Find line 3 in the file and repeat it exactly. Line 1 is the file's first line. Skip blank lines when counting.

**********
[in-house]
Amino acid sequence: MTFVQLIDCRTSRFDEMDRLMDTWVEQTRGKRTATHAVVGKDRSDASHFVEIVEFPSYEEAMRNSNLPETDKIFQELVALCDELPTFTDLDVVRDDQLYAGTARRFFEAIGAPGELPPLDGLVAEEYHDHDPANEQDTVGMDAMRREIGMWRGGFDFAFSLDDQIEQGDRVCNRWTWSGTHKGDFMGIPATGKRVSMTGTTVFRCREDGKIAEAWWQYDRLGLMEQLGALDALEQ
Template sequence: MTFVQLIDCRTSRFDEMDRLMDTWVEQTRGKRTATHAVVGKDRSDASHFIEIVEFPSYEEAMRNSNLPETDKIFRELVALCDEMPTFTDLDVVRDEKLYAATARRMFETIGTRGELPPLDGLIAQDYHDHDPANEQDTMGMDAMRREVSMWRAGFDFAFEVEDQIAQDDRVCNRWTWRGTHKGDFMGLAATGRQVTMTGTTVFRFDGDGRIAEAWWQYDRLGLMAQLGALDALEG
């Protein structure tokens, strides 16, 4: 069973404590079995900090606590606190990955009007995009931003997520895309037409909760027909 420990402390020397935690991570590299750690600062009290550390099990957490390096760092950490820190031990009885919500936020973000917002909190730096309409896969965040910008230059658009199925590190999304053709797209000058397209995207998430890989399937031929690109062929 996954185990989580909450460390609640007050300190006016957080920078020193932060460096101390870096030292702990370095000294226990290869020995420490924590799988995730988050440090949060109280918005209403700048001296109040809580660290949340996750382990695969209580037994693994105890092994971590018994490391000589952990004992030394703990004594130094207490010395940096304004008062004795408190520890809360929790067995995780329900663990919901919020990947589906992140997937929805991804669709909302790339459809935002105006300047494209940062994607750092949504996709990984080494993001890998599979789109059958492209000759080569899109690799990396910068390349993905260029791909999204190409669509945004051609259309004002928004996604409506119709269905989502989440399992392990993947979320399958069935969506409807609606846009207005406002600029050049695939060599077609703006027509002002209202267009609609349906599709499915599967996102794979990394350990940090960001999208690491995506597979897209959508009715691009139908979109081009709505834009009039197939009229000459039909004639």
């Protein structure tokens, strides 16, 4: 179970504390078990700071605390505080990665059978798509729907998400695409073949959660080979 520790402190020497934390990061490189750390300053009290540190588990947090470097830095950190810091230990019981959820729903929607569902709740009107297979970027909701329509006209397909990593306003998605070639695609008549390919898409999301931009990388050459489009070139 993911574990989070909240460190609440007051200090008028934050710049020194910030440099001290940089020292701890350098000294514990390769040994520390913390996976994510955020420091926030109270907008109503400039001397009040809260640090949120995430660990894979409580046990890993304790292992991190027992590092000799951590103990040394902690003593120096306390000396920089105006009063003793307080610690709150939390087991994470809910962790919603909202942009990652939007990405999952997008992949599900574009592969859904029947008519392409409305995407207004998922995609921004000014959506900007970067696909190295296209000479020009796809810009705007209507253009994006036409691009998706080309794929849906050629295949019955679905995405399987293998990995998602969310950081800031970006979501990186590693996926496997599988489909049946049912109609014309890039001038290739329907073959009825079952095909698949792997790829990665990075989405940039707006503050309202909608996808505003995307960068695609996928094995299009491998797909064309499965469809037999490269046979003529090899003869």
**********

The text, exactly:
Template sequence: MTFVQLIDCRTSRFDEMDRLMDTWVEQTRGKRTATHAVVGKDRSDASHFIEIVEFPSYEEAMRNSNLPETDKIFRELVALCDEMPTFTDLDVVRDEKLYAATARRMFETIGTRGELPPLDGLIAQDYHDHDPANEQDTMGMDAMRREVSMWRAGFDFAFEVEDQIAQDDRVCNRWTWRGTHKGDFMGLAATGRQVTMTGTTVFRFDGDGRIAEAWWQYDRLGLMAQLGALDALEG